Page 00000304 Figure 1. The jSymbolic interface 3 Features Implemented A total of 160 features are implemented in jSymbolic, including both many original features and some features previously proposed in the sources described above. A number of intermediate representations are utilized, including beat and pitch histograms, histograms based on the instruments present, a "melodic interval histogram" that measures the frequency of various melodic intervals in each voice, a "vertical interval histogram" that measures the frequency of different vertical intervals and a "chord type histogram" that measures how often various chord types appear. The 160 features implemented in jSymbolic were originally conceptualized during the design of the Bodhidharma genre classifier (McKay 2004). Bodhidharma placed first in all four categories of the MIREX 2005 Symbolic Genre Classification Contest (Downie 2005; Downie et al. 200,5), even though Bodhidharma only includes implementations of 111 of the 160 proposed fe atures. The remaining 49 features are now implemented in jSymbolic, and the software is designed to make it easy to add more features in the future. Although too numerous to describe individually in this paper, jSymbolic's 160 features are each described elsewhere (McKay 2004). The features can be divided into the following seven categories: *Instrumentation: What types of instruments are present and which are given particular importance relative to others? The importance of both pitched and non-pitched instruments and their interaction with each other is considered. * Texture: How many independent voices are there and how do they interact (e.g., polyphonic, homophonic, etc.)? What is the relative importance of different voices? * Rhythm: The time intervals between the attacks of different notes and the durations of each note are considered. What kinds of meters and rhythmic patterns are present? Is rubato used? How does rhythm vary from voice to voice? * Dynamics: How loud are notes and what kinds of variations in dynamics occur? * Pitch Statistics: Wlhat are the occurrence rates of different notes, in terms of both pitches and pitch classes? How tonal is the piece? What is its range? How much variety in pitch is there? * M~elody: What kinds of melodic intervals are present? How much melodic variation is there? Wlhat kinds of melodic contours are used? What types of phrases are used and how often are they repeated? * Chords: Wlhat vertical intervals are encountered? Wlhat types of chords do they represent? How much harmonic movement is there, and how fast is it? 4 The jSymbolic Software The jSymbolic software allows users to extract all or any subset of its 160 features from any Format 0 or 1 MIDI file. jSymbolic's Java implementation is open-source and platform-independent. jSymbolic can save features in Weka ARFF format as well as the more expressive ACE XML. Special efforts have been made to make it easy for researchers to develop new features of their own and add 304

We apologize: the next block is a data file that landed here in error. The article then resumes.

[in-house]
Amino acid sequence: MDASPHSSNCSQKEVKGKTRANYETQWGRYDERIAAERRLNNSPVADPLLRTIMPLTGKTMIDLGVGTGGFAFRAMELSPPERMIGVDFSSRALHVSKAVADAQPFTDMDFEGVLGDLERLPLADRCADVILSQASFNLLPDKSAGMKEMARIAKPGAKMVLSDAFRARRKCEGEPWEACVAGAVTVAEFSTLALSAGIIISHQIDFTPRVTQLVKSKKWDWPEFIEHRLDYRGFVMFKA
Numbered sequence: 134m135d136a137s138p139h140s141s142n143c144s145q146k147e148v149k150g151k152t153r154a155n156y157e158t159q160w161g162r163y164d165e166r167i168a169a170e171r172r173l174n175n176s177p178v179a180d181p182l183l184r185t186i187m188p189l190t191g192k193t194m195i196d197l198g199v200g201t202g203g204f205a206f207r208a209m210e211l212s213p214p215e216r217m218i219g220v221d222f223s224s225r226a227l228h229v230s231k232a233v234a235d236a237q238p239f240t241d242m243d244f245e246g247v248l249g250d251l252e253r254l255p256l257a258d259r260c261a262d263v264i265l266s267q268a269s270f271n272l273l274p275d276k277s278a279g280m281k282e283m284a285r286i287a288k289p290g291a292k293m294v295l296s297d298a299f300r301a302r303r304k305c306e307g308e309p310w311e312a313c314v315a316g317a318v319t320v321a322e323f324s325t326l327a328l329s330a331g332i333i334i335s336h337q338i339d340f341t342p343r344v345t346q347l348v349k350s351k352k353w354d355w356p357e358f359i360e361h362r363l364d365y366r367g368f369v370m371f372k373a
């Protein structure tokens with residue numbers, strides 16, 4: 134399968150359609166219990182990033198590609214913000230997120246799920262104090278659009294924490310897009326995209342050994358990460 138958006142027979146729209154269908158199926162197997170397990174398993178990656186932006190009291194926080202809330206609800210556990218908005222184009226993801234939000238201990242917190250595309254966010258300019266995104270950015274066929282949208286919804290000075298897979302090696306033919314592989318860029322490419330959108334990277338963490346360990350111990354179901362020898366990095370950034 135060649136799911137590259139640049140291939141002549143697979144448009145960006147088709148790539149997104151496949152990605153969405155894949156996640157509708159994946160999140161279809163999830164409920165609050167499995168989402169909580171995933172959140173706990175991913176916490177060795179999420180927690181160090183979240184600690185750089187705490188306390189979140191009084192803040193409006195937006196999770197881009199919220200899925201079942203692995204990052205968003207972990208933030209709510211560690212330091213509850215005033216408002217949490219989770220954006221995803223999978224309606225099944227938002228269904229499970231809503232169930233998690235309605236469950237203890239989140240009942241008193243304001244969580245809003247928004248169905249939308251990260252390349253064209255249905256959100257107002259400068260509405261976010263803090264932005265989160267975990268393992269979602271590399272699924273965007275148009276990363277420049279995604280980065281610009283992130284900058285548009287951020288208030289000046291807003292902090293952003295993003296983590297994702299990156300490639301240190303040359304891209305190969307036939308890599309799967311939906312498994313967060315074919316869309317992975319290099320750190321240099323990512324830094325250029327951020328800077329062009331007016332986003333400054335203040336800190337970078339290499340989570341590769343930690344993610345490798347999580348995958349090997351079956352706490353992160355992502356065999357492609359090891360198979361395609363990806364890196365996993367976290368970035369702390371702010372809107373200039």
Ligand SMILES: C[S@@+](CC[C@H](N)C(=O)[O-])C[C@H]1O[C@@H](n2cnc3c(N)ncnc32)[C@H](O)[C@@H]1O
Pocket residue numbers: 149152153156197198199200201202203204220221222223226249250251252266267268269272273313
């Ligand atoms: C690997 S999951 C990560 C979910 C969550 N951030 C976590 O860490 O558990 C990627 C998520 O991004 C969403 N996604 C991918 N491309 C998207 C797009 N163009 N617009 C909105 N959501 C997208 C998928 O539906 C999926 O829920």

Page 00000305 them to jSymbolic, a process that requires only a basic knowledge of Java and MIDI. Detailed knowledge of jSymbolic's implementation is unnecessary. New features can also easily take advantage of previously implemented features, as jSymbolic automatically calculates feature dependencies when scheduling extraction. No user or developer intervention is needed. Each feature is implemented as a separate module, and new features can process MIDI data directly or make use of existing features. jSymbolic is designed for users with varying levels of computer expertise. It therefore has a simple and easy-tolearn graphical interface (see Figure 1) and is well documented. The jSymbolic software and documentation may be downloaded from http://sourceforge.net/projects/jmir. 5 Conclusions and Future Research The jSymbolic software includes a library of 160 highlevel features, likely the largest and most diverse high-level feature library for music currently available. This library includes many original features, and the use of a variety of intermediate representations has shown itself to be useful, as has the use of both one-dimensional and multi-dimensional features. It is hoped that jSymbolic will be adopted not only as a tool for extracting features from music stored in symbolic music formats, but also as a platform for iteratively designing new features. Future research by the authors will therefore concentrate primarily on developing new features. There are also plans to expand jSymbolic's functionality so that it can process additional symbolic formats (e.g., kern, GUIDO, MusicXML, etc.) and extract features using overlapping and arbitrarily sized windows. 6 Acknowledgments The generous financial support of the Social Sciences and Humanities Research Council of Canada, the Canada Foundation for Innovation and the Fonds Quebecois de la recherche sur la societe et la culture has helped to make this research possible. 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